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  • rebecca4127

The Day I Gave Up on the NHS

I have found myself having a lot of conversations with my parents recently about when I first became ill. I don’t remember most of it, I think it was such a horrible time my brain has wiped a lot of the information and memories. But I feel naturally alot of our conversations have drifted into why they chose to go down an alternative route and how they made those difficult decisions, how it felt to have a very poorly child and how they dealt with that.

For those who don’t know I became very very poorly aged 13 – up until then I was a pretty normal child, I was very bright, sociable and ‘normal’ I guess. Until I got a virus and basically never got better, a once happy child was confined to bed most of the day, in a wheelchair for part of the time and couldn’t attend school, my dad had to carry me up and down stairs and I couldn’t even dress myself.

*By the way of a disclaimer I want to note here, I think the NHS is great* – But the problem is it was set up for broken bones and to have babies, the NHS wasn’t set up to deal with the complex illnesses a lot of people in the UK now suffer with in the 21st century. Alot of which I believe is down to our lifestyle and environments (but thats for another day).

In the beginning of my illness the NHS did all the necessary testing obviously they eradicated any more sinister problems for my symptoms and pulled me into hospital, sent me to a psychologist (was I just faking it), a pyhsio (was I really as weak as I was saying I was), ‘hospital school’ (was I able to study), they sent me to multiple specialists in the North West, but they just could not figure out what was wrong with me. After 6 months of this (which is pretty standard protocol) they labelled me with ME/CFS (Chronic Fatigue Syndrome).

Now here is the big point… what is CFS? Seriously? Diabetes is a problem (in an incredibly simplistic form) with blood sugar and insulin. Heart disease is a heart issue but chronic fatigue? It is merely a label. It doesn’t mean anything. Because what is the cause of the fatigue? Why has a 13 year olds body just shut down? What is the root cause? And unfortunately the NHS does not have the funding to get to the root cause of this issue and they can’t help everyone.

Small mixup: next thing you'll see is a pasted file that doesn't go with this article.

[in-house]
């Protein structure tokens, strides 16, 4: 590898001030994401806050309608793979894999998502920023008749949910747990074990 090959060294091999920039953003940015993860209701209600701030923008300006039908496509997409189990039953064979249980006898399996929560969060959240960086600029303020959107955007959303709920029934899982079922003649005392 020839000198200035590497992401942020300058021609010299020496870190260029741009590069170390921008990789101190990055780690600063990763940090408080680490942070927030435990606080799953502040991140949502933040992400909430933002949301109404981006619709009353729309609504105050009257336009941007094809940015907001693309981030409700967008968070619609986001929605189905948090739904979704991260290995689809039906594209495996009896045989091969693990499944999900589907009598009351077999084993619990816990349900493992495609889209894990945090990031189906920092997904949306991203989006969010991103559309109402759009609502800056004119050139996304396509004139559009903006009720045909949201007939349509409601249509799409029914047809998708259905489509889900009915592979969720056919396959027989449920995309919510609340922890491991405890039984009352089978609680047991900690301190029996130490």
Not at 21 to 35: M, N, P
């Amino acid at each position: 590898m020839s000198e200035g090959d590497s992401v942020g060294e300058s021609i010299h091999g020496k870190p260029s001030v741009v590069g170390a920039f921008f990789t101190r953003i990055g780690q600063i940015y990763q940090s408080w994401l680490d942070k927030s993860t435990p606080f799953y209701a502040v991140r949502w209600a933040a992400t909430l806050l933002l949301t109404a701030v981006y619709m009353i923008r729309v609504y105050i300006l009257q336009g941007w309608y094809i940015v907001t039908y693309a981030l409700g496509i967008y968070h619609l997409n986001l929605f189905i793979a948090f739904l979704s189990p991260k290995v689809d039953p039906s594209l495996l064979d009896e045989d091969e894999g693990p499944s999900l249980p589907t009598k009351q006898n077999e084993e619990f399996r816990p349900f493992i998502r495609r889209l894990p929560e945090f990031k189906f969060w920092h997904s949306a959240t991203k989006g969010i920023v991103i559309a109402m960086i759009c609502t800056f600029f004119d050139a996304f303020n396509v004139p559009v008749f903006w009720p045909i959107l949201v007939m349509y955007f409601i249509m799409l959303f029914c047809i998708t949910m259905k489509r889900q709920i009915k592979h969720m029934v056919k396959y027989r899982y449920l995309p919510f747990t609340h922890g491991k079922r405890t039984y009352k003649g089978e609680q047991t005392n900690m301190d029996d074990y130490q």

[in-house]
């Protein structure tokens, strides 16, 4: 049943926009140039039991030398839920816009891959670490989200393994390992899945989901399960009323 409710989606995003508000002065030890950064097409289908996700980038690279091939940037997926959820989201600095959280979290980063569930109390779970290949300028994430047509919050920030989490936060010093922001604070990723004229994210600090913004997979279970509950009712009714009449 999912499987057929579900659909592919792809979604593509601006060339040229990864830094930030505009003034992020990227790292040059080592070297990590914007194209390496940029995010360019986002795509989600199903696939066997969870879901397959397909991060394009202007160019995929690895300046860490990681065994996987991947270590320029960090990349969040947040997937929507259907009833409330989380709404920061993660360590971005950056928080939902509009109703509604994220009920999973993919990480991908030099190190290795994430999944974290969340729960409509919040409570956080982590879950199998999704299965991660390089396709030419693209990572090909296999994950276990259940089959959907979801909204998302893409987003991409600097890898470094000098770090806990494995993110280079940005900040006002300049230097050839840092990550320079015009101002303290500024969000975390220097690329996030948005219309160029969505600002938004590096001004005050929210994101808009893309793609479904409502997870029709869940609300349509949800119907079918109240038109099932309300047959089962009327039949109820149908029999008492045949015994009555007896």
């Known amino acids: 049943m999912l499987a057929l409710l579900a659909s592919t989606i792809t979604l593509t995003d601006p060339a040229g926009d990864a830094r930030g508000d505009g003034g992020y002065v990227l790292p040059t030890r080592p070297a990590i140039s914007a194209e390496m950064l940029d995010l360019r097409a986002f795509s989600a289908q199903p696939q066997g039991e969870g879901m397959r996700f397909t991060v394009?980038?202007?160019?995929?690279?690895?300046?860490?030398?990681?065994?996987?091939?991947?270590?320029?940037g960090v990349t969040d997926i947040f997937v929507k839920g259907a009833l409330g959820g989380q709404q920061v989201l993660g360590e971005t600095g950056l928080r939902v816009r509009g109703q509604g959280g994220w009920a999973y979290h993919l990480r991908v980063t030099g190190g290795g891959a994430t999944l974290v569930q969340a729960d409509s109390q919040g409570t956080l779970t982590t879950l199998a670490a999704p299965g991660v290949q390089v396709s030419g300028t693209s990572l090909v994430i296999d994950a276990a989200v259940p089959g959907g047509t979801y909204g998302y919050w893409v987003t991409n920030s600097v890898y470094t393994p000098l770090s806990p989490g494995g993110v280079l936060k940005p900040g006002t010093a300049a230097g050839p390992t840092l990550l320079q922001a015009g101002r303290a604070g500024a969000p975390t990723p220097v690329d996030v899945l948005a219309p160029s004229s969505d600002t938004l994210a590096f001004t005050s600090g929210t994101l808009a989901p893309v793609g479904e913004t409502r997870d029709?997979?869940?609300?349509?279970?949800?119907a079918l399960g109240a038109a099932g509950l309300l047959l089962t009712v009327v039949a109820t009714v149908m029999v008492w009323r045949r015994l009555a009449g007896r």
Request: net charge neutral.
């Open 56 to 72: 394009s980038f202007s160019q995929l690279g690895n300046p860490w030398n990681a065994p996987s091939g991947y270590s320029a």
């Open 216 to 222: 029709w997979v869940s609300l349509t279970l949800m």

Currently the protocol on the NHS is, if someone has CFS he/she is offered graded exercise (GET) or cognitive behavioural therapy (CBT) – both good options which are really helpful but they aren’t going to do that much if your root cause is your digestion and you aren’t absorbing any food. Or your adrenals are exhausted so you have no stress hormones or adrenaline, or your body is so toxic it can’t function optimally. Do you see where this is going?

I remember in my teens going every 6 months to the CFS clinic, I used to beg my mum to not send me because every time they would say “keep doing what your doing and come back in 6 months” – what was I doing? Nothing. I wasn’t doing anything to help because I didn’t know what could help. I was lying on a sofa in my house, not at school, crying most of the day, a very very lonely, sad teenage girl. With no answers.

My parents did a lot of soul searching and decided to find someone who can help in an alternative way. They had to pay. But they decided they would do what it took to get me better even if it meant paying with their own money. Yes the NHS is free at the point of access and yes it is amazing and yes they save lives but… they can’t help everyone. And when you have a complex illness we sometimes have to look elsewhere for answers if we are determined and committed to recovery.

When I started working on my health outside of the NHS I started to find the root cause, I had a lot a lot alot of different things going on. But I also had Lyme Disease, an infection in my blood. Boom... that was the main root cause. You see someone can have severe fatigue but why? We have to ask why… and when you work on that then there is no reason why we can’t fully recover.

There is a financial cost but even now, I will go without other things to make sure I can pay for my supplements and to ensure I have a lifestyle where I stay well. I eat good food, I do spend alot on food but it keeps me well. I have adapted my lifestyle to spend less on other things and I spend alot on the things I know help me and keep me well.

I really don’t want this to be a post on being negative about our NHS, as I said they are amazing. They save lives and we are so fortunate to have the NHS in this country. What I am saying is if you are suffering with chronic illness, maybe it is time to look elsewhere if you are passionate to get better. Do your research, there is alot of free information out there. Do some soul searching. Ask for help. Acknowledge they can’t help everyone but you are going to recover and take control and today is day one…


The China Study by Colin Campbell

Why Cant I Get Better by Richard Horowitz

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